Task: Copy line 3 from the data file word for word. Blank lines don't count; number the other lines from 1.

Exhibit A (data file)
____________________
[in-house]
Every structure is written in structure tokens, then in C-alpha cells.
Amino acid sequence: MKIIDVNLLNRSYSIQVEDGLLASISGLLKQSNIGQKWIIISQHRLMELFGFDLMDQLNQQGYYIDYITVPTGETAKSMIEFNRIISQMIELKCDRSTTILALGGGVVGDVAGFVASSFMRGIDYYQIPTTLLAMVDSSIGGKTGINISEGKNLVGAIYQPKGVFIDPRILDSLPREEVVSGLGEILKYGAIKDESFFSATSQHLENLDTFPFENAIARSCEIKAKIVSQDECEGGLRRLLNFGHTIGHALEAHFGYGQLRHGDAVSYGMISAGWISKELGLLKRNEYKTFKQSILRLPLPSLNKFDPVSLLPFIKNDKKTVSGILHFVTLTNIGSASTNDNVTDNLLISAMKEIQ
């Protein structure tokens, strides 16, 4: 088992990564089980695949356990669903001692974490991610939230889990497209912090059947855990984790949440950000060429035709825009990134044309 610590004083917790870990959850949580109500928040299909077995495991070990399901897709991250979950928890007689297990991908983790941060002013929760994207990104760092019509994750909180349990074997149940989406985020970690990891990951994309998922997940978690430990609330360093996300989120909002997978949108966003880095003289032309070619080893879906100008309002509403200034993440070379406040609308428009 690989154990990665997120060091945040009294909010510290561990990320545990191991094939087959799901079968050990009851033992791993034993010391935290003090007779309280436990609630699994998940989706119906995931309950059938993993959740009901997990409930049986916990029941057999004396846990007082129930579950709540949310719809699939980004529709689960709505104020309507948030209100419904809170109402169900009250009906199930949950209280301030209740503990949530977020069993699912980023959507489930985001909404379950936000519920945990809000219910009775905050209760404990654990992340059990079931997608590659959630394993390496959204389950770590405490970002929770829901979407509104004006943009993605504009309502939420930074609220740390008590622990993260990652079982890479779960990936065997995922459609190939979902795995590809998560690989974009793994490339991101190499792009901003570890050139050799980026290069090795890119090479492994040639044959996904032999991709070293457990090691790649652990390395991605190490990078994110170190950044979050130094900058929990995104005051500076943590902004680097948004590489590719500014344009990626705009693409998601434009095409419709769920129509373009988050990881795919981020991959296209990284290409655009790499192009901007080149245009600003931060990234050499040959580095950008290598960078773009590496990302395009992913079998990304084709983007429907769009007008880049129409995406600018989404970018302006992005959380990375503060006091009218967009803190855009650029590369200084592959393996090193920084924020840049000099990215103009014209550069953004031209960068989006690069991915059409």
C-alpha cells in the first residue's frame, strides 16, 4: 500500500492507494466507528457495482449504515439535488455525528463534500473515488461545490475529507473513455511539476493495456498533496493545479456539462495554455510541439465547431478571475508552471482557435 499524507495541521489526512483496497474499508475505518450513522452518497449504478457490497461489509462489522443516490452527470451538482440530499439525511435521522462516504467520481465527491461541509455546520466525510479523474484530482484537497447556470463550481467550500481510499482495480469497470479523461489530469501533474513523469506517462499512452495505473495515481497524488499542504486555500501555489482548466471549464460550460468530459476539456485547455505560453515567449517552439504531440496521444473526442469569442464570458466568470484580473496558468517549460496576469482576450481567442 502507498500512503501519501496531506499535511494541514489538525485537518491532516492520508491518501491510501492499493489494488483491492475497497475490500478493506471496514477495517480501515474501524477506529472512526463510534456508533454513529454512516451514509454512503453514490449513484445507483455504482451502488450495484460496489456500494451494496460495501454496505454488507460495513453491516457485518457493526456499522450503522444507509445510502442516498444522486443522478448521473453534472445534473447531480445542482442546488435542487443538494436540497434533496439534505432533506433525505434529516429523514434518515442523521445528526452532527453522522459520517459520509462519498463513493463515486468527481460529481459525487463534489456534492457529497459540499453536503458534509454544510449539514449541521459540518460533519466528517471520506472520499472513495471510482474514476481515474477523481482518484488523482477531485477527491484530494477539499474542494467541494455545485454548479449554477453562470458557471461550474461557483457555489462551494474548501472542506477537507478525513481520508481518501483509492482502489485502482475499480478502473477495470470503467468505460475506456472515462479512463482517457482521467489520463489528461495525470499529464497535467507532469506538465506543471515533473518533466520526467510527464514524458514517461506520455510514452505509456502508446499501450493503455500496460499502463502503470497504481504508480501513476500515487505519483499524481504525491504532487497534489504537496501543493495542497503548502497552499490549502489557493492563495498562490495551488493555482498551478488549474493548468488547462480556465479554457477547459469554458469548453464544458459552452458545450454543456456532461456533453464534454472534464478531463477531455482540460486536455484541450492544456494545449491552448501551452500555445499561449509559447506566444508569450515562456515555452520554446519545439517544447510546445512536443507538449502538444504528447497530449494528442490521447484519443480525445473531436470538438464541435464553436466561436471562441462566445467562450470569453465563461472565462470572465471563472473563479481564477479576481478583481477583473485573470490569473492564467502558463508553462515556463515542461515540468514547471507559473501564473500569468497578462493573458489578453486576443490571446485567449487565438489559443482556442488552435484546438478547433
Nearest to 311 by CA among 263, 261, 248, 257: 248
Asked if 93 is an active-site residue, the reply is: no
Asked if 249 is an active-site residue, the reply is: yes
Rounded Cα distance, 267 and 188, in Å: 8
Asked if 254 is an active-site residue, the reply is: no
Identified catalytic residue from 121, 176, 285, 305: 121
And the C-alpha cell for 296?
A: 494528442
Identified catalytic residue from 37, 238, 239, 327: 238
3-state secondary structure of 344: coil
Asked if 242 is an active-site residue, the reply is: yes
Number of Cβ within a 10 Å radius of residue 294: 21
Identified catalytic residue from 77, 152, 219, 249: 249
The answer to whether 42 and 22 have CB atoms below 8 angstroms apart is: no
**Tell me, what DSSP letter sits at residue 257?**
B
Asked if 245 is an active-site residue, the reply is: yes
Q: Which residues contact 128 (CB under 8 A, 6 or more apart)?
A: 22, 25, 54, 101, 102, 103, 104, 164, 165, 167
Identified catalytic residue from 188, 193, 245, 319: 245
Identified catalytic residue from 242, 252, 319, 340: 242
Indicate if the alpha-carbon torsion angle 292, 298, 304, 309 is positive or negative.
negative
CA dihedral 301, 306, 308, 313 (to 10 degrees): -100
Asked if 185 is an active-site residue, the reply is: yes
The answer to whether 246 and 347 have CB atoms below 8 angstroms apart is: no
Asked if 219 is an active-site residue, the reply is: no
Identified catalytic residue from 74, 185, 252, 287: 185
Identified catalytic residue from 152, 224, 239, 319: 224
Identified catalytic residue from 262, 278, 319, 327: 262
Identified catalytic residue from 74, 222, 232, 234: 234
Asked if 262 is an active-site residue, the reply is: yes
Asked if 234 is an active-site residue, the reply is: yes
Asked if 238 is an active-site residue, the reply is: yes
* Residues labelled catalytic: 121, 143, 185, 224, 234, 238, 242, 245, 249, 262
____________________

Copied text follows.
Amino acid sequence: MKIIDVNLLNRSYSIQVEDGLLASISGLLKQSNIGQKWIIISQHRLMELFGFDLMDQLNQQGYYIDYITVPTGETAKSMIEFNRIISQMIELKCDRSTTILALGGGVVGDVAGFVASSFMRGIDYYQIPTTLLAMVDSSIGGKTGINISEGKNLVGAIYQPKGVFIDPRILDSLPREEVVSGLGEILKYGAIKDESFFSATSQHLENLDTFPFENAIARSCEIKAKIVSQDECEGGLRRLLNFGHTIGHALEAHFGYGQLRHGDAVSYGMISAGWISKELGLLKRNEYKTFKQSILRLPLPSLNKFDPVSLLPFIKNDKKTVSGILHFVTLTNIGSASTNDNVTDNLLISAMKEIQ